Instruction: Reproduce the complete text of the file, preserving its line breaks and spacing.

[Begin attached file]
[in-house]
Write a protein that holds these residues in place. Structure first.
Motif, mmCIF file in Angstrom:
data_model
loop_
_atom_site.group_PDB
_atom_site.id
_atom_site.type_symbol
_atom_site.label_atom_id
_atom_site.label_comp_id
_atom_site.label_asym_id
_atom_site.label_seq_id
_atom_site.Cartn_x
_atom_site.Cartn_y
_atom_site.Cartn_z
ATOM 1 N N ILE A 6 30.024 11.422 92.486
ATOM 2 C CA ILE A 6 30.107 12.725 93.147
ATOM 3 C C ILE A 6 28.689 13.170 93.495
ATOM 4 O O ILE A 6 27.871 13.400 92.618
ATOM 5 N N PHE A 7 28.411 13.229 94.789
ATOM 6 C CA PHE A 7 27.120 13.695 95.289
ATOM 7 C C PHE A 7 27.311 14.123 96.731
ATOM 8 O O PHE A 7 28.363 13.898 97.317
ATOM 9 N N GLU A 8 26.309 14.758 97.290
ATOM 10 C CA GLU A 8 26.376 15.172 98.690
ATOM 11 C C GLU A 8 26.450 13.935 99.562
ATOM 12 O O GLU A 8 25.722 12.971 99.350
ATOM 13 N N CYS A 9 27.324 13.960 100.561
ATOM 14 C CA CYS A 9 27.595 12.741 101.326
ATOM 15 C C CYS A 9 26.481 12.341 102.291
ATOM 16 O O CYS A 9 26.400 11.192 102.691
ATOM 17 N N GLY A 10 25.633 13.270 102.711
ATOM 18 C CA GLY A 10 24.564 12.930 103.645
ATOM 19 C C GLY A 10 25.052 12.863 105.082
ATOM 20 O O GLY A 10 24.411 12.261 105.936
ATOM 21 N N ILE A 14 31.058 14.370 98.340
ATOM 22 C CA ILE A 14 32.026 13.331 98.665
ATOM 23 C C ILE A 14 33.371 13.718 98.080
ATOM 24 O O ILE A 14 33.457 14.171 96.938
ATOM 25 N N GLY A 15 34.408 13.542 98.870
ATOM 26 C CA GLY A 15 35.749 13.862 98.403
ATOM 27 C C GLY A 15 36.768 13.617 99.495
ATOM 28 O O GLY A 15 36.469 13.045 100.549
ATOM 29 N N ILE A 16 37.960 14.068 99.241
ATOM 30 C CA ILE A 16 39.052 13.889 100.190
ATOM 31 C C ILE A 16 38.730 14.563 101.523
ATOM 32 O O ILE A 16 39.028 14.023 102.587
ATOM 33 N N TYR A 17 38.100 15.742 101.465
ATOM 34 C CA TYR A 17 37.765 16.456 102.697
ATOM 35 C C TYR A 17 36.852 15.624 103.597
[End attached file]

[in-house]
Write a protein that holds these residues in place. Structure first.
Motif, mmCIF file in Angstrom:
data_model
loop_
_atom_site.group_PDB
_atom_site.id
_atom_site.type_symbol
_atom_site.label_atom_id
_atom_site.label_comp_id
_atom_site.label_asym_id
_atom_site.label_seq_id
_atom_site.Cartn_x
_atom_site.Cartn_y
_atom_site.Cartn_z
ATOM 1 N N ILE A 6 30.024 11.422 92.486
ATOM 2 C CA ILE A 6 30.107 12.725 93.147
ATOM 3 C C ILE A 6 28.689 13.170 93.495
ATOM 4 O O ILE A 6 27.871 13.400 92.618
ATOM 5 N N PHE A 7 28.411 13.229 94.789
ATOM 6 C CA PHE A 7 27.120 13.695 95.289
ATOM 7 C C PHE A 7 27.311 14.123 96.731
ATOM 8 O O PHE A 7 28.363 13.898 97.317
ATOM 9 N N GLU A 8 26.309 14.758 97.290
ATOM 10 C CA GLU A 8 26.376 15.172 98.690
ATOM 11 C C GLU A 8 26.450 13.935 99.562
ATOM 12 O O GLU A 8 25.722 12.971 99.350
ATOM 13 N N CYS A 9 27.324 13.960 100.561
ATOM 14 C CA CYS A 9 27.595 12.741 101.326
ATOM 15 C C CYS A 9 26.481 12.341 102.291
ATOM 16 O O CYS A 9 26.400 11.192 102.691
ATOM 17 N N GLY A 10 25.633 13.270 102.711
ATOM 18 C CA GLY A 10 24.564 12.930 103.645
ATOM 19 C C GLY A 10 25.052 12.863 105.082
ATOM 20 O O GLY A 10 24.411 12.261 105.936
ATOM 21 N N ILE A 14 31.058 14.370 98.340
ATOM 22 C CA ILE A 14 32.026 13.331 98.665
ATOM 23 C C ILE A 14 33.371 13.718 98.080
ATOM 24 O O ILE A 14 33.457 14.171 96.938
ATOM 25 N N GLY A 15 34.408 13.542 98.870
ATOM 26 C CA GLY A 15 35.749 13.862 98.403
ATOM 27 C C GLY A 15 36.768 13.617 99.495
ATOM 28 O O GLY A 15 36.469 13.045 100.549
ATOM 29 N N ILE A 16 37.960 14.068 99.241
ATOM 30 C CA ILE A 16 39.052 13.889 100.190
ATOM 31 C C ILE A 16 38.730 14.563 101.523
ATOM 32 O O ILE A 16 39.028 14.023 102.587
ATOM 33 N N TYR A 17 38.100 15.742 101.465
ATOM 34 C CA TYR A 17 37.765 16.456 102.697
ATOM 35 C C TYR A 17 36.852 15.624 103.597